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‘Local supply chain and value creation’ for flow batteries established in Australia

CellCube battery storage paired with solar PV at a commercial and industrial (C&I) site. Image: Enerox/CellCube.

An agreement to support the manufacture and sale of vanadium flow batteries has been struck between Australian Vanadium and Enerox, which makes and markets systems under its CellCube brand.

Stock exchange-listed Australian Vanadium Limited (AVL) said this morning that it has signed a Memorandum of Understanding (MoU) with Enerox, which is headquartered in Austria. The pair will develop offtake arrangements for the vanadium pentoxide used in the battery systems’ electrolyte, as well as an electrolyte blending facility in Australia to support CellCube installations.

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Additionally, like the joint venture (JV) announced this week by rival flow battery maker Invinity Energy Systems and vanadium producer Bushveld Minerals, the pair will offer vanadium electrolyte for rent to customers – thereby lowering the upfront cost of investing in the systems, with electrolyte typically making up about a third of the battery’s total cost.

Australian Vanadium has a subsidiary called VSUN Energy which markets and installs vanadium flow batteries from a range of manufacturers. VSUN has now signed a ‘Value Added Reseller Agreement’ with Enerox. VSUN Energy will supply and install CellCube and related services in Australia under the agreement. Enerox markets the CellCube systems into both grid-connected storage and off-grid / microgrid market segments.

“I am very happy we are growing our Australian business with VSUN Energy as our local partner. Having 3 systems already in the region and taking the Covid situation into account, it is for us and our clients very important to have a trusted partner in Australia who is trained on our systems and who we have known for many years,” CellCube and Enerox chief operating officer Alexander Schönfeldt said.

“For the increasing demand of long duration energy storage specifically in hot and remote areas, the Vanadium Redox-Flow technology in combination with renewables is the best solution. Having a local supply chain and value creation will be a major benefit for the people and business in Australia”.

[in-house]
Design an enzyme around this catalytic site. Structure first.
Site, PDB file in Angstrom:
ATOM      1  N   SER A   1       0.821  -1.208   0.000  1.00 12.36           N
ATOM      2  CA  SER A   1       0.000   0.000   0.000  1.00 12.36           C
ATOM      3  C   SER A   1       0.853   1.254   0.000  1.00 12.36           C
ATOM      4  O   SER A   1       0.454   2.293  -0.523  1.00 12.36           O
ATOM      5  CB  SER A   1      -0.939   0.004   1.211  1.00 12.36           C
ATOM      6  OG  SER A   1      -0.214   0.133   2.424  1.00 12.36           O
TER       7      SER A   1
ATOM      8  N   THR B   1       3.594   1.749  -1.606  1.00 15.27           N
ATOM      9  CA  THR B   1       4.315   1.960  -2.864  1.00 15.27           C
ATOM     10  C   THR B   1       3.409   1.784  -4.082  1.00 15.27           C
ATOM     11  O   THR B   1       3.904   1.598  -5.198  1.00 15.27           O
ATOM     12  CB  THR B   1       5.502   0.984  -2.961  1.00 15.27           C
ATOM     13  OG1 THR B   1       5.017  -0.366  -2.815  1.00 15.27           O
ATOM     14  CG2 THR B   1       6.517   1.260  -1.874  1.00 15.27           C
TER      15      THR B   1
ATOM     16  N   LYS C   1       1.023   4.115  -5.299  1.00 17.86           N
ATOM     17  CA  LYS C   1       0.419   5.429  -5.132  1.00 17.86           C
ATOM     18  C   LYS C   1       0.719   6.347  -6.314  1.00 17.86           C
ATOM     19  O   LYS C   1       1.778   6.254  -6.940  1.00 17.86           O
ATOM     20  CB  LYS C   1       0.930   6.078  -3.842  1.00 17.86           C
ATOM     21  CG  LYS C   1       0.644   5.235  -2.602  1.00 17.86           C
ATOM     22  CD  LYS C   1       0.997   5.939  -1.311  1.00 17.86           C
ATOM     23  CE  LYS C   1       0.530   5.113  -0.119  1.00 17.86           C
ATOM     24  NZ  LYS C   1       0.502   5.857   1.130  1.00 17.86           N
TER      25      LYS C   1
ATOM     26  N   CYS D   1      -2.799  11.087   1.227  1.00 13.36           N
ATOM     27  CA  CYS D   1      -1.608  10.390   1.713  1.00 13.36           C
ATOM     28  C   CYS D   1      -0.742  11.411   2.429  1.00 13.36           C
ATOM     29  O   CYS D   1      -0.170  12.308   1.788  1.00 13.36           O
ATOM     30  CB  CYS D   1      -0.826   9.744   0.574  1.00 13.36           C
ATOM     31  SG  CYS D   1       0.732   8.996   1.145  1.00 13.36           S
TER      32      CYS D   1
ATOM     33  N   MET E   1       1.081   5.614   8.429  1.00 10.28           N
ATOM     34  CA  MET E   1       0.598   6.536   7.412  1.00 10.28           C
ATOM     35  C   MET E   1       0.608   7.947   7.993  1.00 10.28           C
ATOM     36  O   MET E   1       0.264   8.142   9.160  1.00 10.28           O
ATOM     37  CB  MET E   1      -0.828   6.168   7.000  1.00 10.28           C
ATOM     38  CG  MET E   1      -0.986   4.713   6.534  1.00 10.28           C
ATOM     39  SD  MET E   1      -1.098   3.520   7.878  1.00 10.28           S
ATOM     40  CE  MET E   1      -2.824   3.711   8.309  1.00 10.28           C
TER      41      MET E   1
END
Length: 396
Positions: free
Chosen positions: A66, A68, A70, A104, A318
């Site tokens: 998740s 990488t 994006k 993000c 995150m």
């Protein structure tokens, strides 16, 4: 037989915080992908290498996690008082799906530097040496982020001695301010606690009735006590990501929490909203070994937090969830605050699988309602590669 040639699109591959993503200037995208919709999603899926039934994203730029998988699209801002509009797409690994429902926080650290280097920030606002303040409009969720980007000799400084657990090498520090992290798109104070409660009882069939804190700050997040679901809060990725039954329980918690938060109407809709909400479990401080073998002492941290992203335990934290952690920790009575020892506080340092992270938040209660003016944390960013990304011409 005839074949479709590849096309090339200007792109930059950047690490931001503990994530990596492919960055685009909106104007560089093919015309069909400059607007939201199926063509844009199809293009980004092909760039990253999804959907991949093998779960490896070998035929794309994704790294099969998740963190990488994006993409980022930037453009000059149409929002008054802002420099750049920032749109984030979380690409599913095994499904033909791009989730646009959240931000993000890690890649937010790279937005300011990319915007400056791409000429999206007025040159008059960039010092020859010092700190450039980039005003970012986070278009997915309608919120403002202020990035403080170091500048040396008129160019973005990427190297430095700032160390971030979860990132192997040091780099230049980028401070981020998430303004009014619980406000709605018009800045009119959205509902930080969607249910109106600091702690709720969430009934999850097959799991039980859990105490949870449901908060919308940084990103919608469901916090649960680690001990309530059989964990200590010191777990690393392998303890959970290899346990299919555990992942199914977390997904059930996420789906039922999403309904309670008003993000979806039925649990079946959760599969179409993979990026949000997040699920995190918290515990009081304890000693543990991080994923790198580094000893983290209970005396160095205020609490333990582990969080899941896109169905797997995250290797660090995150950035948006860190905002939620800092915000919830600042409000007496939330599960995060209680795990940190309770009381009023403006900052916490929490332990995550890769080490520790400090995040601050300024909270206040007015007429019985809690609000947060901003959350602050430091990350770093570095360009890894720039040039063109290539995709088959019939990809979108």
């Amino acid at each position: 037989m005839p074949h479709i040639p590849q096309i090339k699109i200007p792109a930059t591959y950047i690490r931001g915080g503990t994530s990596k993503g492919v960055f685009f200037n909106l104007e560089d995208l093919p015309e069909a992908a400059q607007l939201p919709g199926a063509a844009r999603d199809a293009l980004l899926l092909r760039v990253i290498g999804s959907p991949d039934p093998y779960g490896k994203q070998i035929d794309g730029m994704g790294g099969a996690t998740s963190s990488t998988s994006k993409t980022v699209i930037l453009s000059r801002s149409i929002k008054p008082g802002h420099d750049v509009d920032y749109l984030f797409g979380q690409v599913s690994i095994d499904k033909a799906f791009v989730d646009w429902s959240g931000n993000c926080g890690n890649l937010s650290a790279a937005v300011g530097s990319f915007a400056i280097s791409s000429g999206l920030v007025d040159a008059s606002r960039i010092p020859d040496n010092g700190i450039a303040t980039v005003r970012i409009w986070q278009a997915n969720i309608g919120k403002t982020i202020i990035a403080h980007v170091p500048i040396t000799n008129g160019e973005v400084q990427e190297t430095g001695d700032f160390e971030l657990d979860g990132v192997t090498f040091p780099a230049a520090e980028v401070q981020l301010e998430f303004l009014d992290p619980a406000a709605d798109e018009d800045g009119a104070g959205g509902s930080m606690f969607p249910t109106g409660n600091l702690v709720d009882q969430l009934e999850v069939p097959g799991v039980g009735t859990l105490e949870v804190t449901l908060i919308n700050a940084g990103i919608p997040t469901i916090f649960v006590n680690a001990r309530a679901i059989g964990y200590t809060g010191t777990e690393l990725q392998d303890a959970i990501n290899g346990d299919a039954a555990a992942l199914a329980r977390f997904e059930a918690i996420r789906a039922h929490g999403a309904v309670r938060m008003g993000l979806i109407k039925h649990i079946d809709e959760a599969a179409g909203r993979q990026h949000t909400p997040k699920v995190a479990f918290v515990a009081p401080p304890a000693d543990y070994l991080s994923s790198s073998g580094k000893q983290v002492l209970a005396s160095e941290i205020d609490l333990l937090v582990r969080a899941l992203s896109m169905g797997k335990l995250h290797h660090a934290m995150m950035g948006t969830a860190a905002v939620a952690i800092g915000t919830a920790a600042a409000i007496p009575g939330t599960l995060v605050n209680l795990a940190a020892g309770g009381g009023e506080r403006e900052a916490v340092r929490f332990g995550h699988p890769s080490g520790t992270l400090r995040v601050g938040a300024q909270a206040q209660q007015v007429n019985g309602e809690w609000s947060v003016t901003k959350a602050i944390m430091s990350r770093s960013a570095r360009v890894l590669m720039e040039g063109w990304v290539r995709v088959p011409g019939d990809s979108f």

Supply of resources from AVL’s own vanadium mining project included in agreement

AVL is developing the Australian Vanadium Project, which will look to excavate high-grade raw materials from a site in Western Australia. The MoU with Enerox would see AVL supplying vanadium from that project to CellCube systems.

The project was awarded Federal Major Project Status by the national government in late 2019 and State Lead Agency Status by the Western Australia state government in April this year, in recognition that it could enable the supply of critical metals and support a local battery supply chain. AVL is awaiting approval for a Mining Lease Application.

Much has been made of the potential for vanadium flow batteries to serve the longer duration segment of the stationary energy storage market, offering as they do the chance to scale up energy capacity simply by scaling up the size of tanks of electrolyte. Flow batteries also promise heavy duty daily cycling without degradation, while manufacturers also claim the components and materials are widely recyclable and some, like the vanadium, retain their value even after years of use.

However, unlike lithium-ion batteries, there have not been any vanadium flow battery gigafactories announced – until earlier this year, when a 3GWh facility in Saudi Arabia was revealed to be under development through a joint venture (JV) formed by German tech company Schmid Group and Saudi Arabian investment company Nusaned. Other notable efforts include an announcement earlier this year that KORID Energy Company Limited, a South Korea manufacturer, is looking to site a smaller 200MWh factory in North America.

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